Dr. Yumi Mitsuya presents "Approach to Delayed Walking" at the UCSF Pediatric Musculoskeletal and Sports Medicine Conference 2023 in Berkeley, CA.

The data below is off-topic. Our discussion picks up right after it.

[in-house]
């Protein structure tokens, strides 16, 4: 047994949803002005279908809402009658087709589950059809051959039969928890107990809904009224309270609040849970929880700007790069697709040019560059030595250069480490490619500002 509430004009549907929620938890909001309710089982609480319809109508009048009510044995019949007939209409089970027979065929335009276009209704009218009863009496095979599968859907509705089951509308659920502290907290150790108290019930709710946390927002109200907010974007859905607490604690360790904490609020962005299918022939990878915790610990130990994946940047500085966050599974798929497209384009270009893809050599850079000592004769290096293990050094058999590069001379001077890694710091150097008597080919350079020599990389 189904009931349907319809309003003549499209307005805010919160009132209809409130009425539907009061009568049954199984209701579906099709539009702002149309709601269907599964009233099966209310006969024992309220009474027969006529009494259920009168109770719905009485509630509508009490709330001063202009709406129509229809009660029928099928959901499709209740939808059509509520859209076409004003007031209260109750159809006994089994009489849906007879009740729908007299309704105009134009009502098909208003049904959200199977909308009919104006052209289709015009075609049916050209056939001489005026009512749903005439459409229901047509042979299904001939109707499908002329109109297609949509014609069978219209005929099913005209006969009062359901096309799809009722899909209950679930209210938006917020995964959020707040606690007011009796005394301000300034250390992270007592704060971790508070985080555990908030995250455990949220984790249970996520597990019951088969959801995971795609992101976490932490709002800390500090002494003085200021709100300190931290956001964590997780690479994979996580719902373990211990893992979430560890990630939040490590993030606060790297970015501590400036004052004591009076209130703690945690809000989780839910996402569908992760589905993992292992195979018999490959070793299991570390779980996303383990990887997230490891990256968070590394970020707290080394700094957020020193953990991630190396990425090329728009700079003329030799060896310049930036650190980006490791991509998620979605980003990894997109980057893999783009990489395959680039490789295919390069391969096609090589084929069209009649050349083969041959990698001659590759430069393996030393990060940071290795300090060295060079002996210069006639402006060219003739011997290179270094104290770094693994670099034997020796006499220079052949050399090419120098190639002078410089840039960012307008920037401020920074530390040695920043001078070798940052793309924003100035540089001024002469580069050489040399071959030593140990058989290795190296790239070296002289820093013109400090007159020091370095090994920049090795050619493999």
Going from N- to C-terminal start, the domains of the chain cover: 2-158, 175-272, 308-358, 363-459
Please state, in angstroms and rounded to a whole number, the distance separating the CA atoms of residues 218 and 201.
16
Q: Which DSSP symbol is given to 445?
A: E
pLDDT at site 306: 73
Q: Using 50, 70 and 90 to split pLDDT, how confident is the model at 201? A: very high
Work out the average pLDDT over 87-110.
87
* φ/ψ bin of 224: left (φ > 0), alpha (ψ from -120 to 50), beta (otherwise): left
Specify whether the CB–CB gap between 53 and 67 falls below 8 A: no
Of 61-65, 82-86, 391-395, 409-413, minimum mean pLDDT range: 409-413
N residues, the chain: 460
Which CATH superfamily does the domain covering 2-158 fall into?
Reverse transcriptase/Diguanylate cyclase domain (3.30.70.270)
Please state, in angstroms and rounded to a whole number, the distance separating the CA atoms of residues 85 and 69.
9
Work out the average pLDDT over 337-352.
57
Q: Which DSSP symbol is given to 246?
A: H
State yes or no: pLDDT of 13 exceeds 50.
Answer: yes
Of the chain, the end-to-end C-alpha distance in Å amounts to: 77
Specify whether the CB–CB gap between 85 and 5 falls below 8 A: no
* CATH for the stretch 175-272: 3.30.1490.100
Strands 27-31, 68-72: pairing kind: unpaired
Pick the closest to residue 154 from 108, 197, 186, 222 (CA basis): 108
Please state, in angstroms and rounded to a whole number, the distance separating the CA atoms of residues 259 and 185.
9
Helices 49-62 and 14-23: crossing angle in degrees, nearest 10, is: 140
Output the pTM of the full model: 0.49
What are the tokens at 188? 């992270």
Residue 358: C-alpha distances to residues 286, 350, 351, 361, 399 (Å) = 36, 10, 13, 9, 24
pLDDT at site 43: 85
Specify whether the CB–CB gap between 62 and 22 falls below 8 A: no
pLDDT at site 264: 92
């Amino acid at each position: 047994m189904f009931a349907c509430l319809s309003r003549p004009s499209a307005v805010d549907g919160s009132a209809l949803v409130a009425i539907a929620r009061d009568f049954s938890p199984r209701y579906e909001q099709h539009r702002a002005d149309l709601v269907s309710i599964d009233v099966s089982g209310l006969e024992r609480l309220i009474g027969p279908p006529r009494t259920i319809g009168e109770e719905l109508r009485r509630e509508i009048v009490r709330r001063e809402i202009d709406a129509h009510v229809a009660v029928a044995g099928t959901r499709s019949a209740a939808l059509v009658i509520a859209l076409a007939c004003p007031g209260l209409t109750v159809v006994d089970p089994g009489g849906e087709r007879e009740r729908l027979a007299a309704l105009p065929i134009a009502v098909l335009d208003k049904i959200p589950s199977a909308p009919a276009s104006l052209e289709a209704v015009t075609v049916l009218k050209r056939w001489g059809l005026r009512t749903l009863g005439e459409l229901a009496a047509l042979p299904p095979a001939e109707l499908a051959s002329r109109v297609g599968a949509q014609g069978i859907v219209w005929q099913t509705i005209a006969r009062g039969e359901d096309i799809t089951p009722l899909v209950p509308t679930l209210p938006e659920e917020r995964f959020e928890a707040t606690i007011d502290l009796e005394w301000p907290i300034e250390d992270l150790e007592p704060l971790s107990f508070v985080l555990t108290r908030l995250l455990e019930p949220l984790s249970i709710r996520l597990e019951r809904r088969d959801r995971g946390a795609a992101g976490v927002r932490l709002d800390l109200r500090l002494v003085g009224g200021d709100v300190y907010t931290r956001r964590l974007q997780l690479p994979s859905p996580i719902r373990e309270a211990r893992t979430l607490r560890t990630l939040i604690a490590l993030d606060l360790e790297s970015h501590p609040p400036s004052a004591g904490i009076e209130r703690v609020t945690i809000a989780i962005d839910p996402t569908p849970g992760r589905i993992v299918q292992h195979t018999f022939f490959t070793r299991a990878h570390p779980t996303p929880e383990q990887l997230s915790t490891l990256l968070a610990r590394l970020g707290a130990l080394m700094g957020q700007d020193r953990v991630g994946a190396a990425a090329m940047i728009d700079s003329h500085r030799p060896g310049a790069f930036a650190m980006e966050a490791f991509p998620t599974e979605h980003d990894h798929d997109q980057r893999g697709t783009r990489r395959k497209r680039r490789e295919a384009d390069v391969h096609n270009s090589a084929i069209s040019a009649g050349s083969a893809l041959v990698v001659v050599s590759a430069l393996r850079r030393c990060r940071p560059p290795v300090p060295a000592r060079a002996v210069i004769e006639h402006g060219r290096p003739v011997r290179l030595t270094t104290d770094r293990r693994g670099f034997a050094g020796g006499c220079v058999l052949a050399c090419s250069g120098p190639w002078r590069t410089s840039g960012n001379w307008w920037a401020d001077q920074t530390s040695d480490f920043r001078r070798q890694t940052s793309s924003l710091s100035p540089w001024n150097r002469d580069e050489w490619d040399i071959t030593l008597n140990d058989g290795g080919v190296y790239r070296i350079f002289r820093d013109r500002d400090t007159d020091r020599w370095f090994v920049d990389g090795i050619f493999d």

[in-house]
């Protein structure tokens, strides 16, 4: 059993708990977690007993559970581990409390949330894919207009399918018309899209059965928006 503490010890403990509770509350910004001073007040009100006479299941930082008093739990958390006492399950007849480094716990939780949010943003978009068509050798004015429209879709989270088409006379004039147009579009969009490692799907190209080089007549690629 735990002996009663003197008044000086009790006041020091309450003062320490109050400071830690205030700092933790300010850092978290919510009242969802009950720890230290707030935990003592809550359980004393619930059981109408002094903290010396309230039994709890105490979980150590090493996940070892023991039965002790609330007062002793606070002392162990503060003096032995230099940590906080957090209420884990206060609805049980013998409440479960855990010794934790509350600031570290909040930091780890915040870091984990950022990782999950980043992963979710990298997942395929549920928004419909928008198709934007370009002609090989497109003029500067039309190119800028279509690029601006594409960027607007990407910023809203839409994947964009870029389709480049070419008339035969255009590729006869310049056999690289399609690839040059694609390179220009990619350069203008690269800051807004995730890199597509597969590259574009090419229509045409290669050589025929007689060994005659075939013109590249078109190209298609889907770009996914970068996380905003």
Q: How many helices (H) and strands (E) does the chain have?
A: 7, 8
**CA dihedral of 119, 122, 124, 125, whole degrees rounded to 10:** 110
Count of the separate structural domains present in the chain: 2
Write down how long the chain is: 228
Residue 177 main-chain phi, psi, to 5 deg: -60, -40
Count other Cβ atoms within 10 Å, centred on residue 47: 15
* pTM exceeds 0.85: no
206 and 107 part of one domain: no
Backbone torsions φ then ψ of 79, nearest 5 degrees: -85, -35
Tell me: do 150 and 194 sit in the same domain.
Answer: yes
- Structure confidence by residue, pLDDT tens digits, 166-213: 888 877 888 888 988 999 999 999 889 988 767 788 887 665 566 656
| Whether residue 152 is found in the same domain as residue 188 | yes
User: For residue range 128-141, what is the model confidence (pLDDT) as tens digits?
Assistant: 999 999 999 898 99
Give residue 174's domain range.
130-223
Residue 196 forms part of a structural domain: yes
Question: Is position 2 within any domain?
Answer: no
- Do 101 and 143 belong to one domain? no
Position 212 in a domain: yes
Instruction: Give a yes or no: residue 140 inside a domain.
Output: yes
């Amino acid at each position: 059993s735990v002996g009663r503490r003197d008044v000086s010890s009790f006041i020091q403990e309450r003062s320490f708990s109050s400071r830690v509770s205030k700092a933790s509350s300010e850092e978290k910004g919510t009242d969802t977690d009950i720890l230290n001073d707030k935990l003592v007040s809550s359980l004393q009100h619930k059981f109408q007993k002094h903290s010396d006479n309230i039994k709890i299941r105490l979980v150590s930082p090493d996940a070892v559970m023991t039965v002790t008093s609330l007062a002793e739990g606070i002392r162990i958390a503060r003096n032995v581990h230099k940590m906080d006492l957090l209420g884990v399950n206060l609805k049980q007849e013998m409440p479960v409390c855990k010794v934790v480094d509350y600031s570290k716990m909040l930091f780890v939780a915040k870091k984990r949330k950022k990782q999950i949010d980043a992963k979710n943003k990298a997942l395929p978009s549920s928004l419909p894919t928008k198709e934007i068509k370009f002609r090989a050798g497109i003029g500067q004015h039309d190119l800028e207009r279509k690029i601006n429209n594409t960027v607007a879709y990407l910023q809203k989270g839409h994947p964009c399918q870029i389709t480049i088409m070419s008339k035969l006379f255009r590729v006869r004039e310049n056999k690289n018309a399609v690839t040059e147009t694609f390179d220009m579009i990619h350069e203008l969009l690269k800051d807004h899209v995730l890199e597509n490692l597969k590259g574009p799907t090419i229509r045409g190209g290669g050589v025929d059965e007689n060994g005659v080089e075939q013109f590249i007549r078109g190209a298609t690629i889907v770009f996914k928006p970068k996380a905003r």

Right, everyone, we're going to move on to our afternoon block. I hope everyone had a filling lunch but not too filling. Um I, I I'm gonna be doing the intros for this afternoon, um which mostly consists of our like neuromuscular rehab crew. So first up is Dr Yumi Mitsu. I have the pleasure of introducing her. We have offices just next to each other and I get to see work with her um frequently. So uh doctor, I went to medical school at Albany Medical College in New York and then she came to um Children's Oakland at the time was called that for residency uh in pediatrics. And then she did a second separate residency in adult physical medicine and rehabilitation at Stanford University. So that's it. Hi everyone. Thank you, Doctor Noah for the introduction. I'm really happy to be here to um kick off the rehab afternoon with my team. I see some familiar faces in the audience, so good to see you all. Um The title of my talk today is called The Approach To a Child with Delayed Walking and I have no disclosures. Um Here's an outline of what I hope to accomplish with today's talk um this like a really familiar topic to this audience already, but we'll first review expected motor milestones and what constitutes motor delay. And then we'll review the neuromotor exam and outline an algorithm for surveillance and screening of Children who has motor delay. I'll list some red flags that should prompt referral to a subspecialist like a psychiatrist or a neurologist when there are concerns. Um And then I'll describe typical gate development and some common structural and gate variations in the young child and also talk about role of um orthosis in some of these conditions. So this is probably a familiar clinical scenario you may see in your clinic during well child visits and it's a common referral reason to our uh P DB clinic. So an 18 month old with no significant birth history or past medical history who maybe met early milestones but didn't crawl until about 11 months and from there making some steady progress and now cruising on furniture, but at 18 months, not yet walking independently. So, is this maybe a mild form of cerebral palsy? Another neurological abnormality or primary muscle disorder causing weakness? Do they have um any structural abnormalities of their legs or feet that's affecting their mechanics or are they otherwise typically developing cognitively and in fine motor skills and simply have some delay in gross motor development? Um And we'll catch up later on. So before we get into the neuromotor, um evaluation I want to first review the updated motor milestones for developments for surveillance, which was put out by the CDC and A P um in pediatrics in March of last year 2022. So the CDC funded the A P to form an expert working group to revise the developmental surveillance checklist, updating the most expected, the expected age uh um which most defined greater than 75% of Children would be expected to achieve a certain milestone. And the main changes was that there were uh some milestones added for 15 and 30 month house super vision visits and about a third of previous milestones um were transferred to different ages. Majority of the la later ages than previous. Huh? Looks like there we go. Um So here's a chart of the milestones that were previously used that we're all familiar with. I'm sorry, the text is kind of small um but lifting head and chest and prone at two months, rolling from prone to supine at four months and from Supine and prone by six months sitting without support at six months and walking independently at 12 months. And the general rule for what constituted a delay that would warrant further evaluation or early intervention was that if a child was two months delayed or reaching milestones in the first year of life or four months delayed in the second year of life. Um Correcting for prematurity for the first two years of life, if they were born premature earlier than 36 weeks of gestation, then um you had a delay. So these were um the main ages at which a child was expected to achieve the milestone with the updated milestones instead of the mean age. Now, it's the age where greater than 75% are expected to have achieved the milestone. So um if they have not achieved that milestone at that age, then it's considered a delay. So the um the new milestone age is similar for the first four months. Um holding head up at two months, bringing hand to mouth at four months, rolling from prone to the pine is now at six months, sitting without support is now at nine months and pulling up the stand is at 12 months and then taking a few independent steps is now by 15 months and walking independently is actually um it went from 12 months to 18 months. Um So if they're not doing these things by that age, it warrants for their evaluation. Although in a lot of cases, you know, if these um delays may not be in isolation, like just a grows motor delay. So still in a lot of cases, they're being referred earlier for early intervention or uh evaluation. And even though the surveillance guidelines now give a child until 18 months to be walking on their own. By about 14 to 15 months, most parents and I think as providers too will have at least some concern if the child is not yet close to walking. And then for the toddlers who have started to take steps or walk, parents might be expressing concern about the quality of their toddlers gate as well as some possible structural concerns. Like their feet are looking kind of funny or their look, their walking patterns kind of funny. So our role as providers start with a thorough review of their birth and development history, of course, and a family history and a neurological and muscular skeletal exam to them, either pri provide reassurance, right, or pursue work up with lab studies, neuroimaging or place appropriate referrals. Here's uh an algorithm for deciding when to get neuroimaging or lab work. Um This was uh from pediatrics in 2013. Um and starting at number four again, sorry, the the text is really small, but hopefully some of you have this in your printout. If there's a neuromotor development concern identified during routine screening, there is, but there's no concerning birth history and there hasn't been regression and physical exams otherwise normal, then you might continue to monitor closely if there's an abnormality and tone that's noted on, on exam that may prompt further work up. Um that can be started in the primary care setting. If there's um is hypertonicity, then uh you'd consider neuroimaging with a brain MRI and if a child is diffusely hypertonic, um then measuring AC K and T S H just starting out with that as a screen for a myopathy. Um at the same time referring um to for further work up, um, usually to a neuromuscular specialist. And, um, uh, I think at this point, placing both neurology and um PM and R referrals together works really well at our hospital in Oakland, our neuromuscular neurologist, Dr Fay, um, uh, takes the lead in sending a lot of the, um, work up for myopathies and other neuromuscular disorders. Um But if I'm seeing a two year old in clinic who's um standing or cruising up on their toes and they have some hyperlexia and staticity at the legs and they were born premature um with uh maybe had a little bit of intraventricular hemorrhage that was noted in the N U. Um Then I can make uh on uh on the head ultrasound, then I can make a clinical diagnosis of spastic diplegic cerebral palsy. Um and I might not get um imaging because uh at that age, we still need um uh to get the MRI under general anesthesia, which has its own risks and um had proving that they have paraventricular loco mole and MRI doesn't really change our management. Um On the other hand, if they have hypertonicity, that's either new or with a, a normal birth history, then an MRI would be important to find the cause of their hypertonicity. And um uh again, if there is concern for a myopathy, then I would uh if not already placed. I would refer to our neuromuscular specialist for further work up. We used to do E M G S um on kids who were referred for concern for myopathy um ahead of doing a muscle biopsy for confirmation. But um nowadays, with the ability to diagnose a lot of these um myopathies and neuromuscular disorders with just genetic testing, um we rarely do E M G S um to diagnose myopathy. We still do use it um for uh E M G and nerve conduction studies to evaluate for neuropathies. Um Now moving on to the physical exam. So when a child presents to a clinic with concern for mood or delay, what are we looking for on physical exam? Obviously, infants and young Children can't follow a a formal manual motor exam. Typically by around age six, they can reliably follow it. Um And some kids can, can at like three or four years old if they're very mature. Um But most of our exam is done by looking at how much they're moving and how um and how the quality of their movements, we observe their head and trunk control as they're being held by the caregiver and in clinic. And are they looking at faces or looking around the room? What are their eye movements look like? Do they have any tosis or incomplete eye closure? What does their cry sound like? Is it software horse which may indicate weakness and if they're crying and the parent hands them a bottle. Do they reach for the bottle? And how are they holding it? And does their sucking look coordinated? Um, and when they reach for toys, how do, how are they grasping? Um, the toys? Do they have any like dystonic posturing or flaring? That may indicate weakness? Um, and how do they transition from pine to rolling, to pushing up with arms to being on quadruped and to standing? And what do their feet look like when they're actually bearing weight? Do they collapse immediately or are they up on their toes? Are they hyperextending at their knees or crouching a lot at the hips? And in examining their arms and legs, we look at range of motion and muscle bulk and um contractures or skin dimpling in infants can be indicators of poor fetal development, which can be seen in infants with a lot of neuromuscular disorders or those with arthrogryposis and then evaluating tone and deep tendon reflexes is really important. Um because hypertonicity or hyperlexia, as you all know, um can indicate an upper motor neuron process where hyper hypotonia or hyperlexia can be seen in many genetic disorders as well as neuromuscular disorders. Um and uh doctor no and her talk um will go over more of the spasticity evaluation in particular. Um But um in older infants, we're also looking for persistent primitive reflexes like the more A T N R um which should normally extinguish by 4 to 6 months of age. I didn't include this in my talk for this year. I talked about it a little bit last year. Um But for cerebral palsy, specifically, there is a physical assessment called the Pre General Movements Assessment that's done early in infancy um particularly in the uh for premature babies and babies with uh hypoxic ischemic encephalopathy um for early diagnosis of cerebral palsy. And we uh you know, traditionally don't formally diagnose cerebral palsy until about two years of age. But in recent years, there's been an emphasis to diagnose early or at least diagnosed with uh uh make a diagnosis of being at high risk of developing cerebral palsy so that we can get these Children hooked into services um in early intervention sooner and also reduce family stress of not knowing. Um But in the clinic, uh these are some of the red flags that we're looking for in the history or in clinical exam rolling before three months is usually abnormal and most of the time due to hypertonicity or posturing that throws them into rolling at four months. A child who lacks head control, who demonstrates scissoring at the legs, um indicating some add after muscles tosic would be worrisome at six months. The um persistence of perimeter for reflexes again, um which should have integrated and disappeared by then as a concerning sign and then sitting or w sitting can be a sign of poor tranquil control. Um commando crawling or inability to come up, the quadruped on the arms and knees may indicate plasticity of the legs and then a hitching type of crawl can indicate hemiparesis weakness or abnormal tone on one side of the body. Some other red flags from physical exam and diagnostics are listed here in muscular dystrophies. You generally see C K levels that are more than three times the normal values. Um, physical exam findings that are concerning, uh, for uh motor neuron disorders um may include physics um which are seen in conditions like spinal muscular atrophy and um facial dysmorphism, organomegaly and cardiac abnormalities. You're going to be uh worried about some glycogen storage disease or possibly and developmental regression with loss of motor milestones is um an obvious red flag that would warrant neuroimaging and genetic testing for neurodegenerative conditions like rats or liquidy ph and loss loss of motor function with minor acute illnesses may um raise suspicion for mitochondrial disorder. But what if you're seeing an 18 month old in clinic who's not yet walking? They may or may not have had some fine motor and or a speech delay, but their exam is normal with no red flags that we mentioned. Um you might ask yourself or the parent may ask you what's the chance that there's an underlying abnormality? So there's not a lot of studies that really looked at this question um in a very systematic manner, but probably the most relevant prospective population based study to date was one that was done in England in the 19 eighties. And in this study, they prospectively followed Children in the county called Oxfordshire, which is a little bit outside of London, who at 18 months was still not walking independently um with walking independently defined as taking five or more unassisted steps. And they estimated having screened about 80% of the pediatric population in the county. And there were a little over 400 Children who were referred during a four year period, which accounted for about 1.6% of all 18 months old in that county at that time. And about 30% of them had a known diagnosis with the majority of them being cerebral palsy. And in those that had um uh in those who didn't have uh a previous uh diagnosis that explained the delay in walking. The incidence of newly diagnosed neurological abnormality was about 7% which um mild forms of cerebral palsy made up for about a third of these Children. And they didn't um elaborate on the other neurological abnormalities or diagnosis that accounted for the two thirds um for the other two thirds. But if they had a normal neurological exam or a diagnostic eval and diagnosed with idiopathic late walking, over 90% of these Children eventually achieved independent walking by two years of the age or about six months after they started taking some steps. Um I included this slide to give an idea of what we see in terms of average age for uh achieving independent ambulation in Children who have known underlying conditions for Children with plastic diplegic C P. Generally, if they achieve sitting without support by two years of age, then they have a good chance of walking by 3 to 5 years of age. And in many cases requiring uh ankle, foot orthosis, um or ankle braces. Um and depending on the degree of involvement may also need a, a walker to walk independently. But they can in, in uh those ways, um achieve independent ambulation and kids with muscular dystrophy, mean age for onset of independent walking ranges for 15 to 20 months across different studies and data sets. And in kids with down syndrome, most will have some gross motor delay um with mean age for cruising being around 18 months and walking independently around two years. And in Children with spin of if their mylo or functional level is L four where they have good hip flexion and knee extension, most can walk with the aid of a F Os and maybe a walker or four arm crutches. Um uh by you know, the the time they're about four years of age. But uh as they get older and put on more weight, many will lose community level ambulation though they may still be able to emulate short distances within the home. And if their level is, then they may have some in dole and um uh impaired a equal plan f reflection or absent a equal plan reflection. Um But they typically walk around two years with or without a F OS. Um though they might have some deviations and foot positioning and gate pattern. So walking is um such an automatic movement we do daily. But when you break it down, human gait is really complex. Um And it involves intricate interactions between the pelvis hips, knees, ankles, and involves a lot of highly coordinated cyclical series of movements. And I won't go into too much detail. Um But uh the gate cycle consists of two phases, the stance phase and swing phase. The stance phase accounts for 60% of the gate cycle and starts with the heel strike when your heel touches the floor and it ends with toe push off. And the swing phase occupies the remaining 40% of the cycle and begins after toe off where you swing your leg forward and ends when the heel strikes the ground again to start another cycle. It's likened to um vaulting over an inverted pendulum where one leg is bearing weight while you're simultaneously swinging the contralateral leg in a synchronized fashion. And there's not a lot of vertical movement right at the hips or sway at the trunk. Um And the stride or step lengths are regular and controlled when a child first starts to walk. Though, you see short, um quick rigid steps, lots of trunk oscillations and vertical, hip displace displacements with the toddler having uh a wide base of support and carrying their arms up in high guard position as they're trying to keep their balance, their hips and knees remain slightly flexed and they'll lift their foot high above the ground during swing and then make flat footed contact when their foot comes down to the ground instead of doing a heel strike, typical of a mature gate. And it's around two years of age that you start to develop the heel to a pattern. Um And around age 3 to 5 is when you start to develop an arch and the foot. I know, um I think Doctor Lenton covered the topic of in towing and out towing in this morning's lecture. So I won't go into much detail here, but we'll review that. Um, it's typical to have some Genova or bowing up the legs initially, then an 18 month or about six months after the onset of uh independent walking, the knees become straighter and less bod and they're able to stand more upright and able to extend their hips more than previously, stop having um, excessive movement of their hips out to the side when they walk and around three years of age. Um, you might see the alignment change to appear more knock kneed and the rotation of the bone in the upper leg continues to be twisted somewhat with some femoral anti version or tibial torsion. But by age four, the walking pattern is mostly mature in most kids. And by seven years of age, the alignment tends to also normalize um where the legs are mostly straight with some bowing or not need alignment in some kids and mild out towing where you might see two toes out when you look from behind the heel. Um One of the more common things we see in Children referred for gate assessment to our clinic is pronation where you see collapse of the medial part of the foot and pronation actually is comprised of three main components um or what we call tri planar movement of the foot and in um which are one calcaneal valgus, two collapse of the medial arch and 34 ft abduction, turning in and flat food is typical in infants and young Children, as we mentioned earlier, that are just don't really start to develop until about 3 to 5 years of age, but excessive pronation can lead to some delay in deficits in walking. So we see this most commonly in Children who have hypotonia for whatever underlying reason. Um And these Children also present often with ligamental laxity and have increased range of motion at the ankle. It's common to see um these Children be mildly delayed in pulling to stand or cruise or they may reach those milestones on time, but then may plateau and not progress to taking independent steps as quickly as expected or they might take steps. But they continue to fall very frequently. Um And the reason for this might be multifactorial, um including, you know, they may also have some decreased postural control or proprioception impairment. Um uh that will continue to, you know, develop and progress uh in a good way over time. But excessive pronation um causing an unstable base of support can be a a significant factor that may be limiting their um pro timely progression. So what do we do for this? Well, if a child has delayed walking, they've probably been referred to physical therapy and the physical therapist will be working with them doing play based activities to try to facilitate movements that would strengthen the foot and ankle muscles as well as the larger stabilizing muscles, um uh including the quads and hip curdle muscles so that the whole chain can work more efficiently. But when there's excessive pronation, there's a role for bracing. And in most cases, an S M O or super malar orthosis, which is the shorter brace that comes right above the ankle is enough. Um S M OS um uh help with guiding the heel into proper alignment. Um So if their calculus is an E version, it stabilizes to a more neutral position, it also lifts and supports the arch um and keeps the tone in alignment with the rest of the foot. And I've heard arguments against using an S M O on a child who has just mild gross motor delay Um And uh one of the arguments I often hear is that racing them would not allow free movement of their foot and ankle. So it prevents muscle development or natural strengthening. Um And I, I've talked to a lot of uh veteran physical therapists, some who are in this room. Um And the general approach uh is that if pronation is severe enough that there's e version of the heel, there is benefit to supporting their foot with an S M O. And from my perspective, um I think there's two main reasons. One is that when you optimize the position of the foot, it allows for better timing and strength of the muscle activation so that you're actually working the muscle more efficiently. And in hypertonic muscles, um the muscle spindles aren't pulled as taught. So it tends to require a greater stretch of the muscle before they're activated. And this delays the signals to the brain that synapse on the alpha motor neurons that tell the the muscles to contract. So this delay in muscle activation can appear um as weakness. But um when the the positioning is in an optimal alignment, then the timing of the contraction can become more typical and you can get stronger activation of the, the weak muscle. And um by having your foot in proper alignment, I think it also helps with properer development of the muscles higher up the chain, including your hip muscles. And the other reason is to um, to break, consider bracing is to support development of the foot and the ankle. Um, bracing doesn't fix the pronation, right? And I, I make this clear with the family, it only supports the foot and the ankle. But, um, and, and most kids with mild or even moderate hypotonia who, who, um, walk will, uh, eventually build strength enough so that we can wean them off of S M OS. Um, because their hyper pronation over time does improve. Um But if their feet is not supported and their ligaments get overstretched, the pronation can be become more difficult to correct as they grow. And you know, if they're, if they get older and then their bones then ossify in this pronated position, then they'll continue to pron into adulthood which can cause pain or easy fatigue. Um And another common g abnormality we see in a lot of, uh, we see a lot in our clinic is toe walking and we said earlier that classic toddler gate is flat footed, but tow walking or inter toe walking is something a lot of toddlers do and as a normal staging gate development, however, it is something that should resolve within a couple of years and it's really rare to see it past um, five years of Asian, typically developing Children, kids who tow walk most commonly present to our clinic. Um In the first 1 to 2 years after they start taking steps, families usually report concerns about the child having poor balance, frequent falls or not keeping up with kids. Their age and older Children might complain of muscle cramps, foot pain or fatigue with walking long distances and might be prone to ankle sprains or calluses at the balls of their feet. Causes of toe walking can be various. Um So in addition to the range of motion and musculoskeletal exam, again, we're doing a thorough neurologic exam to look for things like cerebral palsy, uh uh tethered spinal cord or uh muscular dystrophy, which are uh the other common um causes of toe walking and autism spectrum disorder is not a cause, but um does have a strong association with to walking due to sensory processing difference is likely. And if a child walked normally at first and then started to walking later, then it raises suspicion more for a neurological or neuromuscular process. But if it's an otherwise typically developing child with no other concerning exam findings, then we label it idiopathic toe walking. And um the majority of kids with idiopathic toe walking walk at a normal age and when directed to do so they can stand on their heels on the ground. Um As long as they haven't developed contractures or decreased range of motion and even when they walk, um they may be up on their toes and then intermittently might bring their heel down. Um and, and sometimes do a, a heel strike and then a toe off typical of a more uh uh normal gate. Um idiopathic toe walking was previously thought to be exclusively due to habit. But there's an association with differences in motor control, um sensory processing, sometimes vibration perception thresholds. And in a lot of cases, parents and families do report a a family history like, oh his father tow walked or a sibling tow walked when they were younger, long term natural history studies are limited. Um the most uh like I said, do resolve during grade school years and optimal treatment is not fully elucidated. Um But main goal of management is to maintain range of motion at the ankle so that kids don't develop planter reflection contractures that will make it harder or even impossible to walk with the heel down later on. Um simply queuing the child to walk on their heels with frequent reminders hasn't been shown to be effective. Even studies looking at P T and stretching exercises in these IOP paic toe walkers, um haven't proven to be very effective using A F Os to block the plant reflection and forcing them to bring their heels down works when they're wearing the A F Os. But as soon as they take them off, they tend to go right back up on their toes. So general rule of thumb, if they're younger and still have a lot of flexibility with their ankle, um able to be Dorsa past the neutral position. Um then we may just observe and if their toe walking is more mild. Um, but have they, they are developing some ankle tightness, then I often prescribe ankle stretching splints which are basically articulated or hinged A F OS that, um, with straps that you can pull on to adjust the Dorsa function degree. And I have them wear it for at least 2 to 3 hours a day when they're sedentary or sleeping to really get a good stretch on their achilles. Um So that their range doesn't get worse. If they're really high up on their toes or they start to develop restricted range, then I recommend daytime or walking A F OS that I have the child wear basically all the time when they're walking outside, like at school or park. Um And if they've developed decreased range of motion where we can't get them um to neutral position or above, then I recommend serial casting to improve the range past neutral. And then after serial casting, transition them to walking A F Os and Botox injection is typically not indicated in um, idiopathic toe walking where spasticity is absent. But if someone has severe contractures where I don't think they would tolerate the serial casting without Botox, then I might consider it. Um And then if they are older in age or if the contractions are really severe, then I refer to orthopedic surgery for surgical lengthening. Ok. And then lastly, I just wanted to throw this in here since it's a question we do get asked a lot, which is about using a baby walker. So we as pediatricians generally recommend against it, right? Because babies can, um, sometimes move really quickly in these things, risking injury, um from falls downstairs or even smaller steps that can sometimes result in serious injury like a head injury. But despite this, it remains really popular with parents and uh, there's a lot of commercial baby walkers on the market. I see a hand in the back. Oh. Oh, ok. Ok. Thank you. Um And um medical providers uh including physical therapists um have also discouraged you with the thought that walker encourages walking with abnormal like learning, um abnormal walking patterns, like forward leaning trunk and toe walking and doesn't strengthen the core and hip muscles enough so that the child may learn to walk in this abnormal way and it might delay development of a normal gate pattern. And past studies that looked at this, which were mostly observational studies were really inconclusive on harm versus benefit. Um There was a study that looked um at whether there were differences in gate mechanics though between these toddlers who use baby walkers and those who didn't and whether there was a difference. And when uh the timing they achieved independent walking, it was a small study with only 16 toddlers in each group. But it was interesting because they actually used instrumental gate analysis to really look at differences in gate kinematics. They um recruited participants by asking parents at infants. Um 6 to 9 month well, child visit about their opinion, the parents opinion on baby walker use. And if, if they were interested in using a baby walker, they were randomized to the baby walker group. And these were all babies born full term with no complications and with growth, motor gross motor development score about um uh above 10 percentile on the um AMES or Alberta infant motor scale parents in the baby walker group documented the amount of time. Um The the be spent uh in the walker which ranged from like 45 minutes, usually to um an hour and a half or two hours a day. And uh first measurement of the gate like the gate analysis was done on the week that they acquired um uh independent uh walking, which was more than five steps. And um they did these measurements monthly until six months after they started walking on their own. And they found that there was no difference in the age of independent gate acquisition between the two groups. They did find difference in the gate kinematics where the baby walker group had lower gate speed, um and longer duration and stance and swing as well as some differences in in knee and hip movements. Um But these differences disappeared in the months following gate acquisition. Um So use of baby walker may not be harmful or at least have, may not have long lasting effects on gross motor development of otherwise typically developing Children. But I still recommend against it due to the risk of um inadvertent injuries. So that was a uh a lot of slides um for me to uh make these very simple, take home points. Um for purposes, Children should achieve independent walking by 18 months of age. But if there is global delay or any abnormal physical exam, findings refer early toddler gate uh evolves um but should develop a heel to toe gate around 2 to 3 years and delayed walking or abnormal gate pattern with excessive pronation or toe walking present. Then I would consider bracing. Thank you.